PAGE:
Prof Michael Welker: Called to Peace

6. Called to Peace

This lecture explores the intellectual, cultural, and natural conditions of peace, conditions necessary if the search for truth, justice, freedom, and redemption is to achieve its full potential. A crucial requirement is ‘cool’ love and the appreciation of modest, shared joy. When such love and joy are accompanied by the reliable promise of participation in eternal life, eternal peace, and the divine powers, they help to create conditions in our world that promote peace – politically, legally, and religiously.

Prof Michael Welker: Called to Truth

5. Called to Truth

An understanding of the liberating potential inhering in the search for truth requires that we consider not only its cognitive and ethical dimensions but also its religious manifestations. The latter necessitate a critical look at distortions, such as the influential metaphysical and subjectivist conceptions of God that are largely responsible for people having turned away from faith. Critiques of religion (Marx, Nietzsche, Bonhoeffer) also disclose how such distortions promote reductionistic conceptions of human beings.

Prof Michael Welker: Called to Freedom

4. Called to Freedom

This lecture examines the moral-political processes of communication among human beings with regard both to the potential and to the illusions associated with notions of freedom. It illuminates the power as well as the risks associated with moral communication. Which legal, political, and religious factors best facilitate the reception of this spirit of freedom and its incorporation into people's lives?

Prof Michael Welker: Called to Justice

3. Called to Justice

Over centuries of evolution, the traditional patriarchal ethos has only reluctantly, and only in parts of the world, embraced legal concepts, morality, and politics based on equality – that is, an ethos based on justice and the protection of the weak, and focused on the freedom and equality of all human beings. This ethos also shapes the evolution of jurisprudence and provides a foundation for both international and interreligious understanding, prompting a critical reexamination of ‘natural law’.

Prof Michael Welker: The Human Spirit and the Divine Spirit

2. The Human Spirit and the Divine Spirit

Rather than conceive the spirit in an intellectual fashion—as consciousness, intelligence, rationality, and such bipolar notions as body-soul or body-spirit—we should understand both the human and the divine spirit in a multipolar and multimodal fashion. Only then do the full reality and creativity of the spirit become apparent, illuminating the challenges to which human beings are called today.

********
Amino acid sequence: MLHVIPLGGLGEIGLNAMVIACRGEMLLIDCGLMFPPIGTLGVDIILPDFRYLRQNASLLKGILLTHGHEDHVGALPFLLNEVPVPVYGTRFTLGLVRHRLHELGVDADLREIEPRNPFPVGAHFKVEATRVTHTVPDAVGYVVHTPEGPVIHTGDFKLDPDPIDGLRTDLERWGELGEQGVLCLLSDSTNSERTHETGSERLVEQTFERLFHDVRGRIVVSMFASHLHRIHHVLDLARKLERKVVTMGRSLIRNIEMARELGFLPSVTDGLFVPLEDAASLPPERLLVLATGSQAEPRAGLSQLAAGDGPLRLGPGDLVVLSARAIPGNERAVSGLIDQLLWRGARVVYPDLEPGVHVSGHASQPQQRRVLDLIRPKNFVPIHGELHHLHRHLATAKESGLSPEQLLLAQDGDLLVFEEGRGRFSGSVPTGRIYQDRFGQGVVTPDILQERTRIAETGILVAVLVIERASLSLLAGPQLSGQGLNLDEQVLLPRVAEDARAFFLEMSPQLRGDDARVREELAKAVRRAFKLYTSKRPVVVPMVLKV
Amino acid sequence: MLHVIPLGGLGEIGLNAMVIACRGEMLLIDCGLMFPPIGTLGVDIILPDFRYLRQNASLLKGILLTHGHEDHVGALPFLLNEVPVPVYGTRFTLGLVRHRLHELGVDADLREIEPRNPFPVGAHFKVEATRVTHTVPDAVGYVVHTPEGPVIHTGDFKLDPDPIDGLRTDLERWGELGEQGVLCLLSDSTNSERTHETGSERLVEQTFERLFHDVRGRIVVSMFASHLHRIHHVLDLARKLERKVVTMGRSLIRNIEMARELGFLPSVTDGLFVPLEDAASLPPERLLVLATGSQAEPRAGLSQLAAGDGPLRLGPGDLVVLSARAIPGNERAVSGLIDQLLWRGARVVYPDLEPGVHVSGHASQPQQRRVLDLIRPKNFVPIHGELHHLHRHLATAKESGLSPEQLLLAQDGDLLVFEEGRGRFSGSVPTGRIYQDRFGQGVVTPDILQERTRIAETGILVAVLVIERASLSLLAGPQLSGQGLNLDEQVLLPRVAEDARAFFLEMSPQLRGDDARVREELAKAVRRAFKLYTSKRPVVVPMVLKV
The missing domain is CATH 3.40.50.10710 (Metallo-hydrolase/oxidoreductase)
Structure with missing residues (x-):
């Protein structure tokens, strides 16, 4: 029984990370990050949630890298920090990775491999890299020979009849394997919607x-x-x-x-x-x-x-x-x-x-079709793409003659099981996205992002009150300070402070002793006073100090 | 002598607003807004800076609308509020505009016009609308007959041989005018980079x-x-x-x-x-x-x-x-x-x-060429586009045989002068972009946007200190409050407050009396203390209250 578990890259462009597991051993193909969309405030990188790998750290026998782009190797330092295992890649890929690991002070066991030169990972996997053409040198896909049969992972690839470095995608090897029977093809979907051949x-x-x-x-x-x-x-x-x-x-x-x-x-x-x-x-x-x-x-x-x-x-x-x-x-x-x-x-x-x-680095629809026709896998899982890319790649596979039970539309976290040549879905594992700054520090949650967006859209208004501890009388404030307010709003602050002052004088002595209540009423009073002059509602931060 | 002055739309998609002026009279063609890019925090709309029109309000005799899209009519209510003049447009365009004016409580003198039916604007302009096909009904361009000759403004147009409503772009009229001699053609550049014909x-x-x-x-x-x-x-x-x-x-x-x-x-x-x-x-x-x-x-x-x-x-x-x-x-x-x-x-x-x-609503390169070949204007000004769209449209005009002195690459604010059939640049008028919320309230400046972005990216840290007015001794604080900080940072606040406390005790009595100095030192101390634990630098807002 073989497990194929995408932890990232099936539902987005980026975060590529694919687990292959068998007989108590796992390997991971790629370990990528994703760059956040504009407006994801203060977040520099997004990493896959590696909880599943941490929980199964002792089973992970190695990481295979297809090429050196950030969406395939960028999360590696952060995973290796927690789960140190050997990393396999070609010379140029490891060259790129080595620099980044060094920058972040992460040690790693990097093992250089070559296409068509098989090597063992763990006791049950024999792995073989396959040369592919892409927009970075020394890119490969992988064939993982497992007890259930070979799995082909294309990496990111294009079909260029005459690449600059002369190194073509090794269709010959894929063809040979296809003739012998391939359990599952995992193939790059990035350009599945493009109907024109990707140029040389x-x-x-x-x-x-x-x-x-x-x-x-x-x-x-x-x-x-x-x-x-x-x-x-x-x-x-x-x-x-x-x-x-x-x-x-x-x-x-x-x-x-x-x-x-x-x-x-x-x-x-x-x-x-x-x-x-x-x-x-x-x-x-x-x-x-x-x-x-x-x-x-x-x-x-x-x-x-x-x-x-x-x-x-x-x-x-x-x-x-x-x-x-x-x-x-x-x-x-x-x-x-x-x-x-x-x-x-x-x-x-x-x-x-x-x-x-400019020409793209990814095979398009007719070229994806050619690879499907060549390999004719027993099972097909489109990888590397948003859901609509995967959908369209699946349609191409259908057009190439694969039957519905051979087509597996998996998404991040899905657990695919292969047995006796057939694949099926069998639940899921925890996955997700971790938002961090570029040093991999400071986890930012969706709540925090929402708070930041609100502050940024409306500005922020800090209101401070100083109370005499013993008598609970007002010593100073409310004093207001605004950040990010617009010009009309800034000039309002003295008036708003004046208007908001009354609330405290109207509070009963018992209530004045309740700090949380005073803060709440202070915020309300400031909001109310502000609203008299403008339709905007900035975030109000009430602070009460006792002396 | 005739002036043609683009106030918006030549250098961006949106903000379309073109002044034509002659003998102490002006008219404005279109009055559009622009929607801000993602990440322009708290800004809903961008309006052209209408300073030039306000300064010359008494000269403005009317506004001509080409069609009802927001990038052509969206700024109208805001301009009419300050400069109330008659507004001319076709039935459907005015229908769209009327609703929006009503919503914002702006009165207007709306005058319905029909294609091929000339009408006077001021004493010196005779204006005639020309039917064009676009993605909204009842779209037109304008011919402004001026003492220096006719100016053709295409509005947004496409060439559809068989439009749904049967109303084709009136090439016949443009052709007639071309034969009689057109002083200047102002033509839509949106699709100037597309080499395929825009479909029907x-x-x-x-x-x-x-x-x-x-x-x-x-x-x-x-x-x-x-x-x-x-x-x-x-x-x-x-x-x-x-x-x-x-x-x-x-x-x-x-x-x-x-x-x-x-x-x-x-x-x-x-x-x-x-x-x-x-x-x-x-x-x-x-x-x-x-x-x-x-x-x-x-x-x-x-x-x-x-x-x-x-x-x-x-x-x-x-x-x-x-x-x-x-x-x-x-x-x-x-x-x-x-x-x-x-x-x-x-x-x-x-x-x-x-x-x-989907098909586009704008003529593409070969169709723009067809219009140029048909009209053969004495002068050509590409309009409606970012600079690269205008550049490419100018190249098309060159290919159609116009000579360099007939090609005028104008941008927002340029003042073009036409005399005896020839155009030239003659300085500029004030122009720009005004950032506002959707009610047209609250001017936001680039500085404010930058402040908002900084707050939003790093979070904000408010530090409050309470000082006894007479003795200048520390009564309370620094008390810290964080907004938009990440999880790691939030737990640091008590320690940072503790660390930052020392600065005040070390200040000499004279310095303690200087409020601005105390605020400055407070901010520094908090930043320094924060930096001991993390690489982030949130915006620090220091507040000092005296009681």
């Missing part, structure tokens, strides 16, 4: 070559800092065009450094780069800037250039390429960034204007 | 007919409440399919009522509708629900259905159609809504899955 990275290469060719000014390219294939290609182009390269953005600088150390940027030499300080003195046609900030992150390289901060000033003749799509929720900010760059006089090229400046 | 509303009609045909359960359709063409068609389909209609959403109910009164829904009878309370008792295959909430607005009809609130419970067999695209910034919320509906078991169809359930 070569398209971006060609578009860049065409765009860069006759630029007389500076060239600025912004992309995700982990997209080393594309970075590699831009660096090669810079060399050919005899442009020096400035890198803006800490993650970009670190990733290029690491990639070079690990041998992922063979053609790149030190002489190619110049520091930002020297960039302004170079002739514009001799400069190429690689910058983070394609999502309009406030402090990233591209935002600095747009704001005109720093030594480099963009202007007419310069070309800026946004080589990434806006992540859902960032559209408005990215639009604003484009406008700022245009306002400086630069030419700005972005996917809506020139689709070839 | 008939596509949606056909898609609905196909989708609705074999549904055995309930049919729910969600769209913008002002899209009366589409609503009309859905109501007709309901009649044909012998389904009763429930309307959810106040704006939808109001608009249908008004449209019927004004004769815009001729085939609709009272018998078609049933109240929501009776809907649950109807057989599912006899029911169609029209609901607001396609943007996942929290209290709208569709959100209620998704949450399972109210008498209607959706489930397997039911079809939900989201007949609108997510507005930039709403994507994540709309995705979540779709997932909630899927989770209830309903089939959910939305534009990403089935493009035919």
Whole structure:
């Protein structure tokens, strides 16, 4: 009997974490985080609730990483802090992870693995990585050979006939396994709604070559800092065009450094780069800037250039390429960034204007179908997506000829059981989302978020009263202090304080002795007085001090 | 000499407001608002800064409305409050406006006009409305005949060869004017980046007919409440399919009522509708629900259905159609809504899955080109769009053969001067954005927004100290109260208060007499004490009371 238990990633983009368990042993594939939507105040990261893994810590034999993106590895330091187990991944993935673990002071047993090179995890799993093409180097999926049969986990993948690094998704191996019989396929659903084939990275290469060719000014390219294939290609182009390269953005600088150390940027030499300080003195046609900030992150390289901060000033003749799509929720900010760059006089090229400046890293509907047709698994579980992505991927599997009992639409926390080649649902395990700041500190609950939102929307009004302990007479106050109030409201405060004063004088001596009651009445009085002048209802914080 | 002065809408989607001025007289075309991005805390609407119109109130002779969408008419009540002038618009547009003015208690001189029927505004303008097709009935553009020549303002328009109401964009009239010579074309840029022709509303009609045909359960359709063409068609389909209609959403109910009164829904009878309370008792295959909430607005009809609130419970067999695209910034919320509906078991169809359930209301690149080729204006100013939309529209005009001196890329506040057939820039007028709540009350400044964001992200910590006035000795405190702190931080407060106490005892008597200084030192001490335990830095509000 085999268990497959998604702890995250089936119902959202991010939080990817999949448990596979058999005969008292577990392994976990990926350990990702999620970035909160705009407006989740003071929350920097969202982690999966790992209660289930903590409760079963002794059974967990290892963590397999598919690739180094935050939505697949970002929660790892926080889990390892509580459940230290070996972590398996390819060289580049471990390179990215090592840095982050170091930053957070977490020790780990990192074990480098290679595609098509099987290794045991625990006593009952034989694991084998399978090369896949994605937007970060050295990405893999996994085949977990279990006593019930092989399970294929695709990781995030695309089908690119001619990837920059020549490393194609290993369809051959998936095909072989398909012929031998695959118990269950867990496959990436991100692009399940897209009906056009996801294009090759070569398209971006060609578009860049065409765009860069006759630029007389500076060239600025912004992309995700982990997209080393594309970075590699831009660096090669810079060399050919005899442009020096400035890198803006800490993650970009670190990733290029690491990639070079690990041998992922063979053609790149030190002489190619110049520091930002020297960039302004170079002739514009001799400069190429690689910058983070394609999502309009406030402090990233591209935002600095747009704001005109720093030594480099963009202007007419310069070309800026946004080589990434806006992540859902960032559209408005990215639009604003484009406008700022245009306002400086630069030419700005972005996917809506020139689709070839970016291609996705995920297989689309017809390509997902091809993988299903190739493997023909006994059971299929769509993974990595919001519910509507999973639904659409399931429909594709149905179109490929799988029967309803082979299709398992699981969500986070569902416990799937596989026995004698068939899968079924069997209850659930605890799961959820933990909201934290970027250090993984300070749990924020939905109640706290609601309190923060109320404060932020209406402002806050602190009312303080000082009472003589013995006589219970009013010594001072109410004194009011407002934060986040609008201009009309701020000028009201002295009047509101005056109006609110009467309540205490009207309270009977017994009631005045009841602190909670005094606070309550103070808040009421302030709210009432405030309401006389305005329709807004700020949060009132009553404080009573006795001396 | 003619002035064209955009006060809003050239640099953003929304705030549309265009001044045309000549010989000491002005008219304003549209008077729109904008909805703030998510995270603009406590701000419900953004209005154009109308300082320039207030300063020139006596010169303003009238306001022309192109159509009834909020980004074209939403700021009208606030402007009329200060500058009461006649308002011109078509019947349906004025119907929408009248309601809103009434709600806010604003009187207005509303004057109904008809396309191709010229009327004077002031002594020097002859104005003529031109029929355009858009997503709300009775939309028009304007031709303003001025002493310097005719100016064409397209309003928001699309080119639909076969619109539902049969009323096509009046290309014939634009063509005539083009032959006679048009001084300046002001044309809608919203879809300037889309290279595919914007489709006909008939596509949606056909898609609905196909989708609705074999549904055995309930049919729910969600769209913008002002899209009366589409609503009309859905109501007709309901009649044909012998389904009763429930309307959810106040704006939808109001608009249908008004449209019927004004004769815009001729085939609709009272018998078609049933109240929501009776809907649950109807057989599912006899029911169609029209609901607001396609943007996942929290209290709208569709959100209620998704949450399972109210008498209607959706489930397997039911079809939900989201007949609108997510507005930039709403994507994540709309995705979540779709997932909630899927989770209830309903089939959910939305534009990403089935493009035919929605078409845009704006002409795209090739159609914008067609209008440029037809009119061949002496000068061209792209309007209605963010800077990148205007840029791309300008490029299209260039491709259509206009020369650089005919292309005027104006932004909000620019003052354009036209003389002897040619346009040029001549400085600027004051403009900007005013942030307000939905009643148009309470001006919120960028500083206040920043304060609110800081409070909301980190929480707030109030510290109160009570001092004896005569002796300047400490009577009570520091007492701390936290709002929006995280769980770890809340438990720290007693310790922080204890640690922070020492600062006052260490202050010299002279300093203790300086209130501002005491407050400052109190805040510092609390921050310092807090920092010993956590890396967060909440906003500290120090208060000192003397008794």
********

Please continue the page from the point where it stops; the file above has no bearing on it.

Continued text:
Prof Michael Welker: Human Beings as God's Image?

1. Human Beings as God's Image?

The almost religious enthusiasm that competitive sports generate through mass media finds a negative parallel when the passions of the masses are successfully manipulated by a political system such as the Third Reich. The resulting brutalization and terror call into question any references to human beings as formed in the ‘image of God’. Hannah Arendt's studies challenge us to discover powers capable of countering such processes.

Prof Dame Mary Beard - Classical Civilisation?

6. Classical Civilisation?

This lecture concludes the series by facing head on the idea of "classical civilisation". How far has it always been a weapon of elite exclusivity? Or how far has it simultaneously acted to challenge elite power? And what is its future?

Prof Dame Mary Beard - Tyranny and democracy

5. Tyranny and Democracy

This lecture is about politics ancient and modern. What political inheritance do we imagine we can trace back to the ancient world? On what does our admiration for Athenian democracy rest, or our hatred of Roman autocrats?

Prof Dame Mary Beard - Them and us

4. Them and us

This lecture explores various forms of exclusion and inclusion in antiquity, from slave versus free to women versus men. Can we ever understand how that might have seemed "natural"? And what does it tell us about our own exclusions? Given the drastic disparities in power, wealth and influence that underpinned all ancient cultures, in what sense can they ever be seen as a model of inclusion and "toleration"?

Prof Dame Mary Beard - Lucretia and the politics of sexual violence

3. Lucretia and the politics of sexual violence

In ancient Rome political change was regularly tied to sexual violence (the Rape of the Sabines, the Rape of Lucretia, the murder of Virginia). How do we make sense of this? The lecture argues that the Romans themselves discussed these (mythical) incidents much more subtly than we often give them credit for, and that the Rape of Lucretia in particular has for 2000 years raised important questions about power, responsibility and consent.